Zion Mathew, 8, on left, Marilyn Morgan, 9, play a game of flag tag with other children during the Downtown Enrichment summer program at Backesto Park in San Jose, Calif., on Thursday, June 25, 2015. Director Carmen Cautiverio took over the community center after it was closed down for a year and started her Downtown Enrichment summer camp on June 7, 2015, for kids in kindergarten through fifth grade. (Josie Lepe/Bay Area News Group)

CHICAGO — Recently, I had to comfort a student over a situation in which she and another girl were competing for the attention of a boy in their class. There were tears, drama, recriminations and some revenge fantasizing involving passionate language. They were 9-year-old third-graders.

In September, I had to talk to my students about not swapping speculation over who were boyfriends or girlfriends with whom. These were my first-graders.

My sons are now grown and, thankfully, after years of awkward conversations about hygiene, interpersonal relations, birth control, sexually transmitted diseases and vaccinations, we can have relaxed, factual conversations about such topics when the need arises.

I sure don’t remember having to broach those issues in primary school, but I’d have to reconsider that if my kids were young now — childhood innocence ends so swiftly these days.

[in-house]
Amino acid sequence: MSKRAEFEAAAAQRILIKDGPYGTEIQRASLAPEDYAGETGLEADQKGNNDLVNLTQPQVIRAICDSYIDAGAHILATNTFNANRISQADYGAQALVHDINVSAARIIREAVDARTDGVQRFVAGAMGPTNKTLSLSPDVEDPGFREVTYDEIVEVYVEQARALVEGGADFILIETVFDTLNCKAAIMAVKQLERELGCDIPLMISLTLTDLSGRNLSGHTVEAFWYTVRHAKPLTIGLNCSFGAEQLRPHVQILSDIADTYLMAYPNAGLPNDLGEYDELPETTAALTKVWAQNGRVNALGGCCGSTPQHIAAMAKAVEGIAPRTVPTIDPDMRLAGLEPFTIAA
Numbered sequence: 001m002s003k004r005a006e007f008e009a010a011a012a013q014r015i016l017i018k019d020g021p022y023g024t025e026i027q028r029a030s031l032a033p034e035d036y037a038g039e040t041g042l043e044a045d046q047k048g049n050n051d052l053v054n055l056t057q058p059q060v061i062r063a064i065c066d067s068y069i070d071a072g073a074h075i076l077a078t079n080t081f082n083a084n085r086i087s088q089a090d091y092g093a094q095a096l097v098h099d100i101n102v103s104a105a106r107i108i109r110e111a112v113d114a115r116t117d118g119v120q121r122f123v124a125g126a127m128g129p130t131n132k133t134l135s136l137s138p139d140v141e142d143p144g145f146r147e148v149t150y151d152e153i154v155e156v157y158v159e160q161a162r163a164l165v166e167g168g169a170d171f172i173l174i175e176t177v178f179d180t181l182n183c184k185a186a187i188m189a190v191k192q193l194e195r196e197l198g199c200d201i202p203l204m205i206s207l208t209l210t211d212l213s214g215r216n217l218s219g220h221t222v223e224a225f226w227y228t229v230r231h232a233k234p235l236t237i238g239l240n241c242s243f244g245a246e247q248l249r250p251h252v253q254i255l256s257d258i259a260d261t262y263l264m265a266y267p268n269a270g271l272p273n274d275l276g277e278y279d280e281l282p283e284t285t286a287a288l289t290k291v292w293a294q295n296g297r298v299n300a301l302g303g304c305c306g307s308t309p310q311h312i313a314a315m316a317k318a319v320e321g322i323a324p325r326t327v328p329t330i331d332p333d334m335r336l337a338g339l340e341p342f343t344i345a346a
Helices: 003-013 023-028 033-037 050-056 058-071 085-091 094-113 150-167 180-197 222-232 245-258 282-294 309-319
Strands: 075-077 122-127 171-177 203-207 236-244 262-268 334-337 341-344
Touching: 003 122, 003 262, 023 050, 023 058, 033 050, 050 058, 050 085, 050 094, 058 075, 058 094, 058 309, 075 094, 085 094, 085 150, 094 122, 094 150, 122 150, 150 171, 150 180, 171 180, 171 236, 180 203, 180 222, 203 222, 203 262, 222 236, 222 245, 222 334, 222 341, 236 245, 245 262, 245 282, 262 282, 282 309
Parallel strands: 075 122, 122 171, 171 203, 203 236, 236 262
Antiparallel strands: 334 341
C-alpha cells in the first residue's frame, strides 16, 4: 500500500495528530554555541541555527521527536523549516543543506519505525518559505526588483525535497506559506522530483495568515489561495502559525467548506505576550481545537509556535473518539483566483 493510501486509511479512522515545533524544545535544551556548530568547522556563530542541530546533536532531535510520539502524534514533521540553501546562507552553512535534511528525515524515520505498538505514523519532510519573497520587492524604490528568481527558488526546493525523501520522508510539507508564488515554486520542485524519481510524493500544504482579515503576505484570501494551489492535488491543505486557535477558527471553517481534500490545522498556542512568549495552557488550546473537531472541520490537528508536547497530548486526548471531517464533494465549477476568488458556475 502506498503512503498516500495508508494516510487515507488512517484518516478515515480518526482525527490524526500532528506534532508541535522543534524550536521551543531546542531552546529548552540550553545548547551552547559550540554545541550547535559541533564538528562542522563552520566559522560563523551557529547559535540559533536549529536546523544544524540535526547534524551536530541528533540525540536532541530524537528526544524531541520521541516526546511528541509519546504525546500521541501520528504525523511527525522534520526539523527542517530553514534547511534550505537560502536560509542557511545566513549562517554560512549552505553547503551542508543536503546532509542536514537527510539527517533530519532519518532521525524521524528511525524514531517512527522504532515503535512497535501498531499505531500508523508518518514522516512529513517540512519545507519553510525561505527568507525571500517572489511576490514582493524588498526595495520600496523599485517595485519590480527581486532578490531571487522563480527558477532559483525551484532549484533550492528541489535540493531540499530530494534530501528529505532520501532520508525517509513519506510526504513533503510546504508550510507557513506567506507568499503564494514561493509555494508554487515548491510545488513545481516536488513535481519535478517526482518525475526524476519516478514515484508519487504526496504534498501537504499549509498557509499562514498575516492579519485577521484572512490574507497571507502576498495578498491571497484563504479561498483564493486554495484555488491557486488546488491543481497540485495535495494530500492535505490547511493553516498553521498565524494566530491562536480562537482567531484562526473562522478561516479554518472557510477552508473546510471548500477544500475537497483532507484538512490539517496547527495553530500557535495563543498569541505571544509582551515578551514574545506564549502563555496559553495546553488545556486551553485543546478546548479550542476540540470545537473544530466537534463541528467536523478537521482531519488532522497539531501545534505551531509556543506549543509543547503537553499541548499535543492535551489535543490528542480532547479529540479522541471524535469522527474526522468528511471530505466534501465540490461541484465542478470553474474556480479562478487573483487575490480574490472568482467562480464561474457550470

Despite similar rates of sexual activity among both male and female adolescents, males are twice as likely to have their first sexual intercourse before the age of 13 — or seventh grade — according to a study in the Journal of the American Medical Association, Pediatrics.

The study’s findings underscore that male identities are associated with their experiences and that their “age at first sexual intercourse is associated with identifiable systemic barriers in communities, such as racial segregation and neighborhood disadvantage,” according to Laura D. Lindberg, Isaac Maddow-Zimet and Arik V. Marcell, authors of “Prevalence of Sexual Initiation Before Age 13 Years Among Male Adolescents and Young Adults in the United States.”

Mayra Rodriguez
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Mayra Rodriguez

Content Editor at oneQube
Work from home mom dedicated to my family. Total foodie trying new recipes.Love hunting for the best deals online. Wannabe style fashionista. As content editor, I get to do what I love everyday. Tweet, share and promote the best content our tools find on a daily basis.
Mayra Rodriguez
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